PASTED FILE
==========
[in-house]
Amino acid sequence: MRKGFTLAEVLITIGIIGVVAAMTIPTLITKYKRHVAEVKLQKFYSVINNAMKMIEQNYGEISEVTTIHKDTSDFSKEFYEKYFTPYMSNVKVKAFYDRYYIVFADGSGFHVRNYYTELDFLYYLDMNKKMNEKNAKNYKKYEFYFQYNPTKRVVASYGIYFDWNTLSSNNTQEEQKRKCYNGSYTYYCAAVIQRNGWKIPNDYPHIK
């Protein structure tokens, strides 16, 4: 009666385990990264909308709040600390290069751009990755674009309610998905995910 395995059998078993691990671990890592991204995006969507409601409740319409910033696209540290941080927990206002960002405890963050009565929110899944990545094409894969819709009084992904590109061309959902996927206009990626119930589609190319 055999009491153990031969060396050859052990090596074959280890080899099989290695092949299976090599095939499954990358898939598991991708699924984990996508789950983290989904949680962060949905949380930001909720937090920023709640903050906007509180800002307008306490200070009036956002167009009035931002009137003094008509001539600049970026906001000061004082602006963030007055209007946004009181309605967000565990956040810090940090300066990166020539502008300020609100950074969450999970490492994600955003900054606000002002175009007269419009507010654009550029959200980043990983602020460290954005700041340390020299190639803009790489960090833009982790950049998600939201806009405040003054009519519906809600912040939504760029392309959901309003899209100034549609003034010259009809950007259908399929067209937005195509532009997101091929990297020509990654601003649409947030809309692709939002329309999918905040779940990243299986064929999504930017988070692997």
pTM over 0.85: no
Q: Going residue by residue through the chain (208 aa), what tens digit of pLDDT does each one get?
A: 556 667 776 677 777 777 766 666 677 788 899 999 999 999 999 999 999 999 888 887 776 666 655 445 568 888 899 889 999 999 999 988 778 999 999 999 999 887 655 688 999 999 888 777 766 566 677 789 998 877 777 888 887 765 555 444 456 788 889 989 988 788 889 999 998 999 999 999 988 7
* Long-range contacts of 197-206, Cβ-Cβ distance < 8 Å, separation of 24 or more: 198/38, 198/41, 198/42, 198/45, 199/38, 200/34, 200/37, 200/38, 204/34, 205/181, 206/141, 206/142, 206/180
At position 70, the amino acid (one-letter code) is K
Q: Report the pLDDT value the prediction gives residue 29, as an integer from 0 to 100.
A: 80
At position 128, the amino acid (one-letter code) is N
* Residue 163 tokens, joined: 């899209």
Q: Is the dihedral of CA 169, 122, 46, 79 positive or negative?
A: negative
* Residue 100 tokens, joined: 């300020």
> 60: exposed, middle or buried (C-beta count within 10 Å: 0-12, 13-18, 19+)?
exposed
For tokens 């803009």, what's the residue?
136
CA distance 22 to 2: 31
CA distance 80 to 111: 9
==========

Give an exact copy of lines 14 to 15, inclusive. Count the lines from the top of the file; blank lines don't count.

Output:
A: negative
* Residue 100 tokens, joined: 């300020």